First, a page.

Whether the cause for the switch was Jones’ somewhat tender ankle or line coach Joe Bugel’s preference for a player he first coached 15 seasons ago, the change hasn’t seemed to help the Redskins, who allowed nine sacks combined against New York and Dallas. Brown was at fault in two of those sacks.

Brown, a guard for most of his 18-year career, strained his left hamstring just before halftime yesterday and was replaced by Jones midway through the third quarter.

“It was loose for a while and then it just tightened up in the third quarter,” Brown said. “I told them I had to come out.”

Jones, who had spent the first half with a baseball cap on his head and a towel around his neck, didn’t look particularly rusty once he returned to action.

“I wasn’t anticipating playing unless someone got hurt, but it was cool going back in,” Jones said.

The offensive line got back on track with its pass protection and didn’t allow a sack yesterday.

Battle of old friends

Happy-go-lucky and funny defensive end Kenard Lang was a popular figure in Washington from 1997 to 2001 before he signed as a free agent with Cleveland. Redskins offensive tackle Chris Samuels enjoyed his practice battles with Lang and their locker room banter.

The old friends reunited yesterday, and while Lang didn’t add to his AFC-leading four sacks, he did pressure Washington quarterback Mark Brunell midway through the fourth quarter and knocked down a Brunell pass on the next play to stop a Redskins drive. The Redskins didn’t get the ball back until 2:15 to go and the Browns hung on for the victory.

“Kenard got me on a couple of plays, but overall, I thought I did fine,” Samuels said. “He kept saying, ‘What’s up Chrissy?’ No one else calls me Chrissy. I just laughed. Kenard was a good player for us. We miss him.”

Suggs returns

Former Virginia Tech star Lee Suggs, who was impressive late in his rookie year for the Browns last season, missed Cleveland’s first three games with an injured shoulder. But he looked to be 100 percent yesterday when he raced for 25 yards on his first carry of the season. He finished with 82 yards and the winning 3-yard touchdown on 22 carries.

“Lee did a great job finding the creases,” Browns quarterback Jeff Garcia said. “It’s exciting to finally have our backfield at full strength.”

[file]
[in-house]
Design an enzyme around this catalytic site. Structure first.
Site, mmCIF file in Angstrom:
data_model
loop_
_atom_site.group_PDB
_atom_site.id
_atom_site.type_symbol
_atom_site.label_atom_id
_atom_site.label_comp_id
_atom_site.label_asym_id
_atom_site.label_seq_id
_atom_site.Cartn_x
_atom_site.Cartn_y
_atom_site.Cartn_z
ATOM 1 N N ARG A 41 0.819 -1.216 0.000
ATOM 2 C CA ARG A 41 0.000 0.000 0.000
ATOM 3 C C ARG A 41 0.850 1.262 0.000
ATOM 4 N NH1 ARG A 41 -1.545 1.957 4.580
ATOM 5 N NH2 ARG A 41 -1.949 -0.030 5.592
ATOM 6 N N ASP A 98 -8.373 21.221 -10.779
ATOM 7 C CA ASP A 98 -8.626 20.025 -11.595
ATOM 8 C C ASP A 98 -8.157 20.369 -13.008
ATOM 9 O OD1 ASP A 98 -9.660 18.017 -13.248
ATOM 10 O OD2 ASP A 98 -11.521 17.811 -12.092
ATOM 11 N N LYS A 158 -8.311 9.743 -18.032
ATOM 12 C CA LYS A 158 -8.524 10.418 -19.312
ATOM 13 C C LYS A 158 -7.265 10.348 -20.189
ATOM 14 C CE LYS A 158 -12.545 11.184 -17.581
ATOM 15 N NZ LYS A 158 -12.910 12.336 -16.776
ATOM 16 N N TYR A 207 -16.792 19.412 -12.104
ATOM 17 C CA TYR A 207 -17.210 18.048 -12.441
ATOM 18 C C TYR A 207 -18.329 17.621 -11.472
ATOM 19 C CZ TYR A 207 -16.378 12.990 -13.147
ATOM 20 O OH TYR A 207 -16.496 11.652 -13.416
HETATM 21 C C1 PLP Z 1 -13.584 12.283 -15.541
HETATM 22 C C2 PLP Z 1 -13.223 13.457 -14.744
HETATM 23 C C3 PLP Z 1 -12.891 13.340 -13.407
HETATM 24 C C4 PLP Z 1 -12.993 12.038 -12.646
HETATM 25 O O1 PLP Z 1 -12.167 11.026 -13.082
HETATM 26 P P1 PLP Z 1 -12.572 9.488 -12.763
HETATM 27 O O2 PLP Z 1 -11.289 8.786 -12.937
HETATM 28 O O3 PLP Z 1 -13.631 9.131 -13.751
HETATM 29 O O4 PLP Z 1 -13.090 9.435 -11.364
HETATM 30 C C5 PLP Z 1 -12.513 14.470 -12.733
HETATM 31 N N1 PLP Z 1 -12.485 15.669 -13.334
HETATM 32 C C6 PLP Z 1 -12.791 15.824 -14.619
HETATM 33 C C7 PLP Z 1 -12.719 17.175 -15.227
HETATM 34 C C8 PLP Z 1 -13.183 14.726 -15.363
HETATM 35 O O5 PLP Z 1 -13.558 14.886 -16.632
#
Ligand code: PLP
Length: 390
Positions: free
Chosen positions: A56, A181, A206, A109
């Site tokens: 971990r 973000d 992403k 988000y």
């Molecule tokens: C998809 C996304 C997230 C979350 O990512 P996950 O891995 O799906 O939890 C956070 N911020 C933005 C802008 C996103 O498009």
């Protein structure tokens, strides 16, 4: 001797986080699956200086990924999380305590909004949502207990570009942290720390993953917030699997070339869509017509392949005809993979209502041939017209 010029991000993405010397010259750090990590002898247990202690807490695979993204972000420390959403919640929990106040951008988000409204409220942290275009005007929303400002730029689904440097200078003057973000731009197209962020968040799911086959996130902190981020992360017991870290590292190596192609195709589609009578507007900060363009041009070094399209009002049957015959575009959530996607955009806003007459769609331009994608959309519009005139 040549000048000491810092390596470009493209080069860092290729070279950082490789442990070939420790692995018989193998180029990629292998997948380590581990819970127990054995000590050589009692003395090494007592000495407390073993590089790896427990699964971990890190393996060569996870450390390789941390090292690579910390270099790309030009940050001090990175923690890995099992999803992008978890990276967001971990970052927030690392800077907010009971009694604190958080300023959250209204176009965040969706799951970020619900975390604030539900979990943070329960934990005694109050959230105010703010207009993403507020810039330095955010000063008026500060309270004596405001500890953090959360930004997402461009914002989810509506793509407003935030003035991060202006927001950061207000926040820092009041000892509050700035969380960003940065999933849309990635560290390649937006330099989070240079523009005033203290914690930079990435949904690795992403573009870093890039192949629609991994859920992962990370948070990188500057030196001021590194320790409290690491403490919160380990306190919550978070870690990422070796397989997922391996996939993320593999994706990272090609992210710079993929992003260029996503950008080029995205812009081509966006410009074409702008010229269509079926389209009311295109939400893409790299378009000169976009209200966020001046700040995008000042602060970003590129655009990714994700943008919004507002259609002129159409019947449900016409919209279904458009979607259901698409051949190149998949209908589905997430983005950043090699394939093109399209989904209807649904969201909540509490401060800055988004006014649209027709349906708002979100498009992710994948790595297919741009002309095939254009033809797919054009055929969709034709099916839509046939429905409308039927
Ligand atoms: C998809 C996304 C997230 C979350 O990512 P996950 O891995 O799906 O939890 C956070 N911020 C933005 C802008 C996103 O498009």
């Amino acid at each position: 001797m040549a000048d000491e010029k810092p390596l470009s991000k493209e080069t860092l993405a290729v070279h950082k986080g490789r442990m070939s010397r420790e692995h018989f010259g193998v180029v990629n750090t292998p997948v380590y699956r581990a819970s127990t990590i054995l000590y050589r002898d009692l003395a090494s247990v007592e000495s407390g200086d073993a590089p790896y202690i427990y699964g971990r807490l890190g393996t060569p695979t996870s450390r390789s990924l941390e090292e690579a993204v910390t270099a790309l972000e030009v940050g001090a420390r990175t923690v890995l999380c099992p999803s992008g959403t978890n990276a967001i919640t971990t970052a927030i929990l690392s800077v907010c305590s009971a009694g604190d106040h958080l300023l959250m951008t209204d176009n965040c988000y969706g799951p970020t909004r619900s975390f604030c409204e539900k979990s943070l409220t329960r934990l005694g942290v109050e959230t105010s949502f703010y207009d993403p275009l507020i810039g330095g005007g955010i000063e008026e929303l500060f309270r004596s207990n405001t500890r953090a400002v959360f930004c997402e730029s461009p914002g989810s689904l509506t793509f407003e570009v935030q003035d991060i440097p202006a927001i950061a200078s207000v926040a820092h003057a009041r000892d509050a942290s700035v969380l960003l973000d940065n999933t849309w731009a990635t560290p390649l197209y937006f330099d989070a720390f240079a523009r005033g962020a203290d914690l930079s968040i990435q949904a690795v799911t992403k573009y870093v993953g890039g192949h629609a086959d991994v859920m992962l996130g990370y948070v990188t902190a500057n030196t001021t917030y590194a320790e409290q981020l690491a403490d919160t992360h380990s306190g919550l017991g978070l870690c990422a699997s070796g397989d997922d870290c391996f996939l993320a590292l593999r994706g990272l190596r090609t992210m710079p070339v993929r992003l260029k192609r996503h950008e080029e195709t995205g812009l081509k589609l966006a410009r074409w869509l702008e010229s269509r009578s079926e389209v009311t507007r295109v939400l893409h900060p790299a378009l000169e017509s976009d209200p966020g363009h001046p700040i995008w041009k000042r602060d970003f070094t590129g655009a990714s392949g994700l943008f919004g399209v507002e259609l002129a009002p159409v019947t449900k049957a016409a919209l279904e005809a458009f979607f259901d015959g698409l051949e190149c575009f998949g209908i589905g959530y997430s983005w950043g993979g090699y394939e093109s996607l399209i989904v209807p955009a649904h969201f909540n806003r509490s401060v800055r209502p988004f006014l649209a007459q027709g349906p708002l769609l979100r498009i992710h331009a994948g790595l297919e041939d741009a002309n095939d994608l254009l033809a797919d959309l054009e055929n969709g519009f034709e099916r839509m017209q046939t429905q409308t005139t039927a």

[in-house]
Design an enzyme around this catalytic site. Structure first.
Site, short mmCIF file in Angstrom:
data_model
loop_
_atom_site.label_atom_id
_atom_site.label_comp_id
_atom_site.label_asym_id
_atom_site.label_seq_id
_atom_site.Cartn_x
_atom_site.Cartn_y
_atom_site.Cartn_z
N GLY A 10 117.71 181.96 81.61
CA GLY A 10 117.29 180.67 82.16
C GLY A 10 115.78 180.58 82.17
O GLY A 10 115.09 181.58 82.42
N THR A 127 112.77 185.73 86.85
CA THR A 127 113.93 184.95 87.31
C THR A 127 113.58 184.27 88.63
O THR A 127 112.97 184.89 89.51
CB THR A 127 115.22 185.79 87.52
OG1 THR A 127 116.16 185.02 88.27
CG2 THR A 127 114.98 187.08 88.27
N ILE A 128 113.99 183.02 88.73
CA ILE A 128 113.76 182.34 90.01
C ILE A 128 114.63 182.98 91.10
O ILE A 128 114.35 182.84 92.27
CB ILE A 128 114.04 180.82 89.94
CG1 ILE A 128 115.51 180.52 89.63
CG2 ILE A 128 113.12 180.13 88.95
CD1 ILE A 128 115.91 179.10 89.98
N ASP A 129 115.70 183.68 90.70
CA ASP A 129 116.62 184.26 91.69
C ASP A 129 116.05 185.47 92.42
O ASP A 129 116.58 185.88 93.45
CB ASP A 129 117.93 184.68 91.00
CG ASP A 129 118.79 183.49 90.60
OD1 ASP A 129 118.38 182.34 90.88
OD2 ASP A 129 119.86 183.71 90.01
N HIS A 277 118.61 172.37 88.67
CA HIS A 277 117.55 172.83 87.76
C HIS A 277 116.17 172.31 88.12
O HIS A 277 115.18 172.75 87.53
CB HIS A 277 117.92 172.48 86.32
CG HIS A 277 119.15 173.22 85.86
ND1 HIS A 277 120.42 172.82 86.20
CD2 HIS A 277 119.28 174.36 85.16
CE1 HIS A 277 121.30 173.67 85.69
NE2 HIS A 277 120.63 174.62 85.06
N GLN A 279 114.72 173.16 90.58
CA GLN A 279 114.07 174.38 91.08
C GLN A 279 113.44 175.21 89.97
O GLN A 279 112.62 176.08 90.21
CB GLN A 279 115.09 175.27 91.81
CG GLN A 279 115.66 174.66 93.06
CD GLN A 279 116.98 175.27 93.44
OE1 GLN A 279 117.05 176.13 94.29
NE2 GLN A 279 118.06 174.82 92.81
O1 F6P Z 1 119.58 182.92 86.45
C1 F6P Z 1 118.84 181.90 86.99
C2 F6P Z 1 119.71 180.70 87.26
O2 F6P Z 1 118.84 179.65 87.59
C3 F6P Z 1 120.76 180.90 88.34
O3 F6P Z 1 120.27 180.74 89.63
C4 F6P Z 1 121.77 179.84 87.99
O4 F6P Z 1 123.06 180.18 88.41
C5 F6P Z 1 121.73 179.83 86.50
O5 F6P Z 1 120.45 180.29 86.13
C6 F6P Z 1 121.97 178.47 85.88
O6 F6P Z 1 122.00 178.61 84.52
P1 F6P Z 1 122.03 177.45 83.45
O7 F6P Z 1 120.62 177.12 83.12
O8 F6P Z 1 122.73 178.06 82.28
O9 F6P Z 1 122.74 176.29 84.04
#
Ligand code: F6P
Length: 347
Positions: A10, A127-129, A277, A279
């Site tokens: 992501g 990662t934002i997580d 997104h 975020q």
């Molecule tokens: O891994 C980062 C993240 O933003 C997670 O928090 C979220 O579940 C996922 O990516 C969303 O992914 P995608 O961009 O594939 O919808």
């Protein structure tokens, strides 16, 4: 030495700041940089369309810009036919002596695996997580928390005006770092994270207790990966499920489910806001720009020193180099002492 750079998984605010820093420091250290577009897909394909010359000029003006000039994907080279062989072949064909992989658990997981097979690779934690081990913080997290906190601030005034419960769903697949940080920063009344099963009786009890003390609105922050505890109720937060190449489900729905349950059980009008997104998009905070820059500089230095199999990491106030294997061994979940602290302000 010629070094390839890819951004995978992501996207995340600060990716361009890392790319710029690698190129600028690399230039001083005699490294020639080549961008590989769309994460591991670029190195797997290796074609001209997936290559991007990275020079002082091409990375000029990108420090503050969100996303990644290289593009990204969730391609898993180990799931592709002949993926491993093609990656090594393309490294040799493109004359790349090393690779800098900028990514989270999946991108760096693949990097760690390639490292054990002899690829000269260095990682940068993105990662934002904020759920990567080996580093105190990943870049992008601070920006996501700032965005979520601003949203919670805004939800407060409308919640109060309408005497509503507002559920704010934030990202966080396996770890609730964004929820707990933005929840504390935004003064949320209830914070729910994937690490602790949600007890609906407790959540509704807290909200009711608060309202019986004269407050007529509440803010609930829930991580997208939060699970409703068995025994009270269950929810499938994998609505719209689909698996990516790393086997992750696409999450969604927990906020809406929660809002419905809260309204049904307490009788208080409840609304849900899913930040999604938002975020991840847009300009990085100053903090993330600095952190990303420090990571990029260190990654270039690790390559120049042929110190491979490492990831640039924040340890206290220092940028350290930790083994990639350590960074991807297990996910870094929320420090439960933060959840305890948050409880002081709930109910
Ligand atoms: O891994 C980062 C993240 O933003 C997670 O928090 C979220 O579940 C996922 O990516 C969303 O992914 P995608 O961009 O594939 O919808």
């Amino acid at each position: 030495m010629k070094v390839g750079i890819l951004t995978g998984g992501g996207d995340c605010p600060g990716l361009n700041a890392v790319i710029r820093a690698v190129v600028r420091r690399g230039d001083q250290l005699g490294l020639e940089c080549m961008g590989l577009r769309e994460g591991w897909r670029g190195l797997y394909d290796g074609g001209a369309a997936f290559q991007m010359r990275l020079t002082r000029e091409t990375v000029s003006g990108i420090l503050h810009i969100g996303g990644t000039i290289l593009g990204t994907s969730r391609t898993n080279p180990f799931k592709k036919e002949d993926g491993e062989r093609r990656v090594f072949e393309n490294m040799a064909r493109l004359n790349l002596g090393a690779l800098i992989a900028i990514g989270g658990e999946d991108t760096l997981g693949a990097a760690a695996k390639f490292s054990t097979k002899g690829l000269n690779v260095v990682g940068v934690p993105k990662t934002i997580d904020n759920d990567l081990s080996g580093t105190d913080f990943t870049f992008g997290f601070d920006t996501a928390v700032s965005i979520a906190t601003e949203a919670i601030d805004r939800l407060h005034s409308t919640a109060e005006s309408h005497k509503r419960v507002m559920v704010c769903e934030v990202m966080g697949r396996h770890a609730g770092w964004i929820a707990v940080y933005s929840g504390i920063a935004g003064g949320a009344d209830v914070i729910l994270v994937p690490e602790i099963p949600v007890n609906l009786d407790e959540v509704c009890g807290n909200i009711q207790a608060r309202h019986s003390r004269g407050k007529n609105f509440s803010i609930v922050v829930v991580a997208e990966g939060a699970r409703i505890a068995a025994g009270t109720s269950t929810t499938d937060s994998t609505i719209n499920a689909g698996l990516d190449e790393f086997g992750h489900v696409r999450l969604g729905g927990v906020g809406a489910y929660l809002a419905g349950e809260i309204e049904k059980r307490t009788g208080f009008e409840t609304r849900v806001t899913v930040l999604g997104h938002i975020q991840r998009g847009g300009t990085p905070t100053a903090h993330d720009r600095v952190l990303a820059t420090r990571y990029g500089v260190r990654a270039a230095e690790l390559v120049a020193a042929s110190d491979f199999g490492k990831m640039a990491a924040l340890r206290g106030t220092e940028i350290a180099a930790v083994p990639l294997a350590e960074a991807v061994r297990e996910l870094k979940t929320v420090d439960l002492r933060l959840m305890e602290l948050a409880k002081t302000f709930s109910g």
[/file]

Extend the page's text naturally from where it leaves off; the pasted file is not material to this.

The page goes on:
Evans, Warner stand out

Defensive end Phillip Daniels’ groin injury hasn’t hurt Washington nearly as much as expected, thanks largely to the solid contributions from inexperienced ends Ron Warner and Demetric Evans.

Both came up big against the Browns, each recording a sack and contributing to a defensive performance that was stifling through much of the first three quarters.

“Coach [Gregg] Williams stresses that we don’t have backups,” Warner said. “Everybody that’s on this team is a starter. We’re here to play and we play.”

Evans’ play is particularly impressive considering he spent the spring in NFL Europe. Most players who participate in the developmental league are spent by the time they get through training camp. But not Evans, who noted his stamina remains high because he spent 2003 out of the NFL.

“I feel pretty good,” Evans said. “NFL Europe was more just me getting over there, getting reps after sitting out the whole season the year before.”


Return man Chad Morton held out hope of playing until the pregame. Morton, who sprained a knee on a hard third-quarter hit in last week’s loss to Dallas, hoped to be active despite barely practicing in the days leading up to the Browns game.

Most of Washington’s other inactives were injured players: safety Andre Lott (hamstring), linebacker Mike Barrow (knee), linebacker LaVar Arrington (knee) and defensive end Phillip Daniels. The other two inactives were tight end Robert Royal, who was replaced by Brian Kozlowski, and rookie offensive lineman Mark Wilson.

Copyright © 2018 The Washington Times, LLC. Click here for reprint permission.

The Washington Times Comment Policy

The Washington Times welcomes your comments on Spot.im, our third-party provider. Please read our Comment Policy before commenting.


Click to Read More and View Comments

Click to Hide